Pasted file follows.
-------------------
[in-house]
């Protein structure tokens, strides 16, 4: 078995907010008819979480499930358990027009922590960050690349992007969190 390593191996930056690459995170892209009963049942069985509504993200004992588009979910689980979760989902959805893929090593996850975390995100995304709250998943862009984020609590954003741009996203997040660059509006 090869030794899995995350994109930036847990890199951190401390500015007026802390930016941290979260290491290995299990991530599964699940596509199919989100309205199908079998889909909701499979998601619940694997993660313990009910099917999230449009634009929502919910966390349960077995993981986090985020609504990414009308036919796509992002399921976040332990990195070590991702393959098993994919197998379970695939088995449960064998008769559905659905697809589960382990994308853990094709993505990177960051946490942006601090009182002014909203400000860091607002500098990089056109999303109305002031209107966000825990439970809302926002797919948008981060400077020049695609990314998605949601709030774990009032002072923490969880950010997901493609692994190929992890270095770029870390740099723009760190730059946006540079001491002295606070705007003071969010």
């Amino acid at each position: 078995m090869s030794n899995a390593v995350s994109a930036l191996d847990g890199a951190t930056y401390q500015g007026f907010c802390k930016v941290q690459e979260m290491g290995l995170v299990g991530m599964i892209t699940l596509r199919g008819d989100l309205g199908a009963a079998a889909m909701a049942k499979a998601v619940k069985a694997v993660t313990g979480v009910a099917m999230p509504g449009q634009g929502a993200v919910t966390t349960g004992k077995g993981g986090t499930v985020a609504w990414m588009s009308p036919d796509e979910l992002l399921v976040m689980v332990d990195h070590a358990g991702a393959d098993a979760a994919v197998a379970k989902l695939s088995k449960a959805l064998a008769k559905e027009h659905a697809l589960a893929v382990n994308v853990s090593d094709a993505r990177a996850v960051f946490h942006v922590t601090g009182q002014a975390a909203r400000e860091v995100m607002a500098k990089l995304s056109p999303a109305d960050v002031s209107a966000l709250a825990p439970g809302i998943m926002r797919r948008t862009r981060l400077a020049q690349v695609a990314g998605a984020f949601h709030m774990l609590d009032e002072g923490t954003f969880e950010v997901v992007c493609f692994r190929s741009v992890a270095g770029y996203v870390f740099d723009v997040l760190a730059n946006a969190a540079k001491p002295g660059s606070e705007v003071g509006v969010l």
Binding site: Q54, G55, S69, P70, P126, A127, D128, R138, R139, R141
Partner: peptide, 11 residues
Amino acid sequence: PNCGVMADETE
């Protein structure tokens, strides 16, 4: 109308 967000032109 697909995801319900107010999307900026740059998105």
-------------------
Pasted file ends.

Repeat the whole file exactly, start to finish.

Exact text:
[in-house]
């Protein structure tokens, strides 16, 4: 078995907010008819979480499930358990027009922590960050690349992007969190 390593191996930056690459995170892209009963049942069985509504993200004992588009979910689980979760989902959805893929090593996850975390995100995304709250998943862009984020609590954003741009996203997040660059509006 090869030794899995995350994109930036847990890199951190401390500015007026802390930016941290979260290491290995299990991530599964699940596509199919989100309205199908079998889909909701499979998601619940694997993660313990009910099917999230449009634009929502919910966390349960077995993981986090985020609504990414009308036919796509992002399921976040332990990195070590991702393959098993994919197998379970695939088995449960064998008769559905659905697809589960382990994308853990094709993505990177960051946490942006601090009182002014909203400000860091607002500098990089056109999303109305002031209107966000825990439970809302926002797919948008981060400077020049695609990314998605949601709030774990009032002072923490969880950010997901493609692994190929992890270095770029870390740099723009760190730059946006540079001491002295606070705007003071969010």
């Amino acid at each position: 078995m090869s030794n899995a390593v995350s994109a930036l191996d847990g890199a951190t930056y401390q500015g007026f907010c802390k930016v941290q690459e979260m290491g290995l995170v299990g991530m599964i892209t699940l596509r199919g008819d989100l309205g199908a009963a079998a889909m909701a049942k499979a998601v619940k069985a694997v993660t313990g979480v009910a099917m999230p509504g449009q634009g929502a993200v919910t966390t349960g004992k077995g993981g986090t499930v985020a609504w990414m588009s009308p036919d796509e979910l992002l399921v976040m689980v332990d990195h070590a358990g991702a393959d098993a979760a994919v197998a379970k989902l695939s088995k449960a959805l064998a008769k559905e027009h659905a697809l589960a893929v382990n994308v853990s090593d094709a993505r990177a996850v960051f946490h942006v922590t601090g009182q002014a975390a909203r400000e860091v995100m607002a500098k990089l995304s056109p999303a109305d960050v002031s209107a966000l709250a825990p439970g809302i998943m926002r797919r948008t862009r981060l400077a020049q690349v695609a990314g998605a984020f949601h709030m774990l609590d009032e002072g923490t954003f969880e950010v997901v992007c493609f692994r190929s741009v992890a270095g770029y996203v870390f740099d723009v997040l760190a730059n946006a969190a540079k001491p002295g660059s606070e705007v003071g509006v969010l």
Binding site: Q54, G55, S69, P70, P126, A127, D128, R138, R139, R141
Partner: peptide, 11 residues
Amino acid sequence: PNCGVMADETE
């Protein structure tokens, strides 16, 4: 109308 967000032109 697909995801319900107010999307900026740059998105």